Japan’s Minister of Labor Takumi Nemoto defended employers who demand that women wear high heels, describing the practice as both “necessary and appropriate” on Wednesday.
Nemoto made the remarks after a group of women handed his ministry a petition that demanded the government prohibit workplaces from requiring women staff and prospective employees to wear high heels.
“It is socially accepted as something that falls with the realm of being occupationally necessary and appropriate,” Nemoto told a legislative committee on Wednesday. “It’s [only an] abuse of power if a worker with a hurt foot is forced to wear high heels.”
Nemoto was responding to a question from Kanako Otsuji, a member of the left-wing opposition Constitutional Democratic Party of Japan, who argued forcing women to wear high heels at work is “outdated.”
The petition, submitted to the labor ministry on Tuesday, forms part of a campaign entitled dubbed #KuToo, a play on the Western anti-sexual harassment movement #MeToo. The phrase is also a play on words in the Japanese language, with “kutsu” meaning shoes, “kutsuu” translating as “pain.”
The movement was originally spearheaded by the Japanese actress and writer Yumi Ishikawa, who launched the petition after being forced to wear high heels while working at a funeral parlor. The petition quickly grew momentum on social media, garnering 18,800 signatures by the time it was handed in.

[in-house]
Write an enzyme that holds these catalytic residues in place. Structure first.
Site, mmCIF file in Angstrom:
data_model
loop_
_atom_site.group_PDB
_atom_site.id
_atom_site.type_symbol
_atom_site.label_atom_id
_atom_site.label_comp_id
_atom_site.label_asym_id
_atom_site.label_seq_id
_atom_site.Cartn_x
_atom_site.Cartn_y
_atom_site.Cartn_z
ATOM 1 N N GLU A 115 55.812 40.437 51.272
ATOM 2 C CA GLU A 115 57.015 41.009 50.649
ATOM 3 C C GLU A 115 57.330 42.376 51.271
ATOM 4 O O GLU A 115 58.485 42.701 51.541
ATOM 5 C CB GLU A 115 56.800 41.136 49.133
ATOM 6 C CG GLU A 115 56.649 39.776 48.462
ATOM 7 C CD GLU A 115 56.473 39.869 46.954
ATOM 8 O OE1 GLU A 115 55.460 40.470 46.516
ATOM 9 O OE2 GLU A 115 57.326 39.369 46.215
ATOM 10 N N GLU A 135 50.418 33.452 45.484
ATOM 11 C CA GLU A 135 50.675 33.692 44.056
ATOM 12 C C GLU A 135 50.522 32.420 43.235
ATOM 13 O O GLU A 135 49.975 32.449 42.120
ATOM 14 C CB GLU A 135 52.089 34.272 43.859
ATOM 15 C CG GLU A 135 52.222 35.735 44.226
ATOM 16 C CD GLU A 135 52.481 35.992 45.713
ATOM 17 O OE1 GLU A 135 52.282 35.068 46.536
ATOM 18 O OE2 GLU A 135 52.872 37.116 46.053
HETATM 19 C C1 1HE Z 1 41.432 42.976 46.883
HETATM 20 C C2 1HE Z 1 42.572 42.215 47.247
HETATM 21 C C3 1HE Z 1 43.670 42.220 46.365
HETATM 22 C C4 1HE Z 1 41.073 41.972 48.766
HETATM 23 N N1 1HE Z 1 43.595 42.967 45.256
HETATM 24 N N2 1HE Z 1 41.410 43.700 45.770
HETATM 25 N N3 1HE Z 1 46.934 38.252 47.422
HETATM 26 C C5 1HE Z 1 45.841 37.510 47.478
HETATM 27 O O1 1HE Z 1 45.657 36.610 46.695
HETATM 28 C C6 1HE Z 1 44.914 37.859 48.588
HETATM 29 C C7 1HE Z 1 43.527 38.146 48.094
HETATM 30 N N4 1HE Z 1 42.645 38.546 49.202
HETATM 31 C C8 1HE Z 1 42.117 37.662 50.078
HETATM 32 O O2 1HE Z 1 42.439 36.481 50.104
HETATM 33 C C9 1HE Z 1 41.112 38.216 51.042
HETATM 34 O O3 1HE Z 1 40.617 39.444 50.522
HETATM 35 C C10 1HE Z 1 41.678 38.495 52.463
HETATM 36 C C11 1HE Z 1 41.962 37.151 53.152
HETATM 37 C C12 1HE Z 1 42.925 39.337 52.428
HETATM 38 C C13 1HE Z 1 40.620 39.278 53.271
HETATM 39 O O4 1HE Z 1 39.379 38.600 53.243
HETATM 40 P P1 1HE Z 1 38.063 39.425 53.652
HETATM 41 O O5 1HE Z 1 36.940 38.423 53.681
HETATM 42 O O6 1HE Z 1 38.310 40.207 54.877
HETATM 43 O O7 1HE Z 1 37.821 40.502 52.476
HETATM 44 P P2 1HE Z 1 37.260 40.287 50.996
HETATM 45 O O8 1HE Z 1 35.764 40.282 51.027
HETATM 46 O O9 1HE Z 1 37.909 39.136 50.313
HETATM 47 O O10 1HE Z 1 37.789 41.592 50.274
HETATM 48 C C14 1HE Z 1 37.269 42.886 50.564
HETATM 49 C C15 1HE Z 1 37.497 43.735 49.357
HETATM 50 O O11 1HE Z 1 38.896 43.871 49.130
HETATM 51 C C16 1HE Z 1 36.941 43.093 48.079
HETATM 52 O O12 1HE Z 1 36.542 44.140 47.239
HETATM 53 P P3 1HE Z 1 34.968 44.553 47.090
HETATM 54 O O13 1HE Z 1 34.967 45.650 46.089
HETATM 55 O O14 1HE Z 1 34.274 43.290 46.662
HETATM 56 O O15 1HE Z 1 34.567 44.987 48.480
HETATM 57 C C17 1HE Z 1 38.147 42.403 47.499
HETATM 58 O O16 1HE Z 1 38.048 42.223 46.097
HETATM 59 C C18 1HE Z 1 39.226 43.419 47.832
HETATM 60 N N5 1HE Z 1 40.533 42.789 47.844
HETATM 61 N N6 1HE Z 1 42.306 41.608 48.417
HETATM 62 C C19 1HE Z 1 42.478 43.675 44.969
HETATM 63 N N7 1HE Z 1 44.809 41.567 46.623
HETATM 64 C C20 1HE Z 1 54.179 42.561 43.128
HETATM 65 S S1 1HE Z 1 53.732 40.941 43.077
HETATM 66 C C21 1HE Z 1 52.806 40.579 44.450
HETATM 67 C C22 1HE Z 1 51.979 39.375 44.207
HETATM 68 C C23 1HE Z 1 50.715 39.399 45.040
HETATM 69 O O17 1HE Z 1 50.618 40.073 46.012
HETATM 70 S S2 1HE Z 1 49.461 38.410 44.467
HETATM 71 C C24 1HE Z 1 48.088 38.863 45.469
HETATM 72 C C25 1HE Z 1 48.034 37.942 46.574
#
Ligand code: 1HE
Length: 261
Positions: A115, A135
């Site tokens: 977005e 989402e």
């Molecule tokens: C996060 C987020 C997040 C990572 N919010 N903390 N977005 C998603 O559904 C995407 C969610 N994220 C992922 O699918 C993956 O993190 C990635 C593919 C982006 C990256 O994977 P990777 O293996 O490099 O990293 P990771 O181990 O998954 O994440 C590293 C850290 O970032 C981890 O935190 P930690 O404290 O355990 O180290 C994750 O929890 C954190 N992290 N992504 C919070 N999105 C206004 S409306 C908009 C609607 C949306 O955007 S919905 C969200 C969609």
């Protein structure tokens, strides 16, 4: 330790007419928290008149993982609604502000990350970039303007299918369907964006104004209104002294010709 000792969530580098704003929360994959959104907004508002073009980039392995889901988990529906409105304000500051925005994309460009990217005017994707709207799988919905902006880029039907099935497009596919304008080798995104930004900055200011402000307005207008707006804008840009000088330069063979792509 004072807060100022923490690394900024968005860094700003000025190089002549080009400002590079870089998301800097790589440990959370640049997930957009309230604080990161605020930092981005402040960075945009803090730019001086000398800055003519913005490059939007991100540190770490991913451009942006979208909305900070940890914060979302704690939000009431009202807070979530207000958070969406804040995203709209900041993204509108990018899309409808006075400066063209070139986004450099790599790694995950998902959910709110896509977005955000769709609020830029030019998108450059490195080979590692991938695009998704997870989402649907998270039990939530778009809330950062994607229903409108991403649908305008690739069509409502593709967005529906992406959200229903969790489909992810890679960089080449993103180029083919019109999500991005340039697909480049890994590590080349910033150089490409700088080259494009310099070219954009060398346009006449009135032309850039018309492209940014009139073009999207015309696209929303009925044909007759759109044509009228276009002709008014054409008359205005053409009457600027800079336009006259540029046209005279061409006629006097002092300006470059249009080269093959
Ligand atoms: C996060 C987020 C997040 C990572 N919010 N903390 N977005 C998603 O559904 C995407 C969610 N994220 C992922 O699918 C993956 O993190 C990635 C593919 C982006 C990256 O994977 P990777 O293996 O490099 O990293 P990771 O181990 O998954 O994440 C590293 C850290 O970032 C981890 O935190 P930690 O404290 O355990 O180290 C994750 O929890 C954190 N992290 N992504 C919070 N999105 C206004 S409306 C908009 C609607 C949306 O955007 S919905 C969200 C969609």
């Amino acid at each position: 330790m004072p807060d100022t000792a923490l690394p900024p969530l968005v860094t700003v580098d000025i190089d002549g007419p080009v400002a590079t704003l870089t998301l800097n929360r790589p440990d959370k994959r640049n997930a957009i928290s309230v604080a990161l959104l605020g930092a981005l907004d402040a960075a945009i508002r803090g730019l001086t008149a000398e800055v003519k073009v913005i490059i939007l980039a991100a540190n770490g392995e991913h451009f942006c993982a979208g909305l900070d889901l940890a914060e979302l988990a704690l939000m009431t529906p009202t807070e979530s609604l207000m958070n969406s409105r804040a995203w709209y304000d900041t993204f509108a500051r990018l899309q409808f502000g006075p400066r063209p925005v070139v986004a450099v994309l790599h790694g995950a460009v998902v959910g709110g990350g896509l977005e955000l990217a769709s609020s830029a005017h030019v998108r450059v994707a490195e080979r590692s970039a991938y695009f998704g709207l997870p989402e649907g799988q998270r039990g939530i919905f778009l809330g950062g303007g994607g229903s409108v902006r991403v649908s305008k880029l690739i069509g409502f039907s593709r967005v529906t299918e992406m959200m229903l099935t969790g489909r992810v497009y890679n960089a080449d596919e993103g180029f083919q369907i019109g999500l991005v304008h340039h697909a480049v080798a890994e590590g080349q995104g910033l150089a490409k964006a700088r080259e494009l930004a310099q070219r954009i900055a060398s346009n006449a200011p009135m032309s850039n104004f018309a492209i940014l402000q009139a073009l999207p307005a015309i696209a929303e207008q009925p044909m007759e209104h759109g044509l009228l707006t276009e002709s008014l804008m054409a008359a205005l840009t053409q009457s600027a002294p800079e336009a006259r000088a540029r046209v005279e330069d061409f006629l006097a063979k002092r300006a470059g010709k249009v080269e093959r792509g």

“This is just the first step. This is a problem that many women believed was a personal issue because [wearing high heels] is generally seen as good etiquette,” said Ishikawa. “I hope this campaign will change the social norm so that it won’t be considered to be bad manners when women wear flat shoes like men.”
Japan is not the only country that has seen a campaign against high heels. In 2016, receptionist Nicola Thorp set up a petition calling for a change to British labor laws after she was sent home by her company, PWC. The government ultimately rejected her proposals, although she was eventually allowed to wear flat shoes.
In April 2017, the Canadian province of British Columbia amended workplace legislation to ban employers from forcing women to wear high heels, with lawmaker Christy Clark describing it as “regulation [that will] stop this unsafe and discriminatory practice.”